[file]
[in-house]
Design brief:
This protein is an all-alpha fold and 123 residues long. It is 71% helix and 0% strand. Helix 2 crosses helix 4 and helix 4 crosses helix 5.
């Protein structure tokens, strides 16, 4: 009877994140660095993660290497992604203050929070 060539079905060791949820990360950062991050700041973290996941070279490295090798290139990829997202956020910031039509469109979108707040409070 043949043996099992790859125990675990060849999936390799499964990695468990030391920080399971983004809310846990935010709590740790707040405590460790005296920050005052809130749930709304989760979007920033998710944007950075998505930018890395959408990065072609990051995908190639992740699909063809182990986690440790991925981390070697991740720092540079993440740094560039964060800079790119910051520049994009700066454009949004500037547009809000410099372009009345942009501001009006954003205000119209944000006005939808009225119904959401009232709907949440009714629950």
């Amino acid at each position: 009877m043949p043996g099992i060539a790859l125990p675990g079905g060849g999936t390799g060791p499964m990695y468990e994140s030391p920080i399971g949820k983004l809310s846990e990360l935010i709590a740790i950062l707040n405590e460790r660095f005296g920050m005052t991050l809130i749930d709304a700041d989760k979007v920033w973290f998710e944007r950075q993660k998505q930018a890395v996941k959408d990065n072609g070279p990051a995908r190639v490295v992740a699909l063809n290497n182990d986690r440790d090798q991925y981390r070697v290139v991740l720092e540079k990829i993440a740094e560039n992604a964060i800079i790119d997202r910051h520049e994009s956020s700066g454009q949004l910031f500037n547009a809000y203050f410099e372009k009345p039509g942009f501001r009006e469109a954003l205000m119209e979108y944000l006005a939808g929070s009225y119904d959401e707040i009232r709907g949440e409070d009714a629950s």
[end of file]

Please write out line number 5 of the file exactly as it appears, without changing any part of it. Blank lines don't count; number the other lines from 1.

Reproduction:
């Amino acid at each position: 009877m043949p043996g099992i060539a790859l125990p675990g079905g060849g999936t390799g060791p499964m990695y468990e994140s030391p920080i399971g949820k983004l809310s846990e990360l935010i709590a740790i950062l707040n405590e460790r660095f005296g920050m005052t991050l809130i749930d709304a700041d989760k979007v920033w973290f998710e944007r950075q993660k998505q930018a890395v996941k959408d990065n072609g070279p990051a995908r190639v490295v992740a699909l063809n290497n182990d986690r440790d090798q991925y981390r070697v290139v991740l720092e540079k990829i993440a740094e560039n992604a964060i800079i790119d997202r910051h520049e994009s956020s700066g454009q949004l910031f500037n547009a809000y203050f410099e372009k009345p039509g942009f501001r009006e469109a954003l205000m119209e979108y944000l006005a939808g929070s009225y119904d959401e707040i009232r709907g949440e409070d009714a629950s």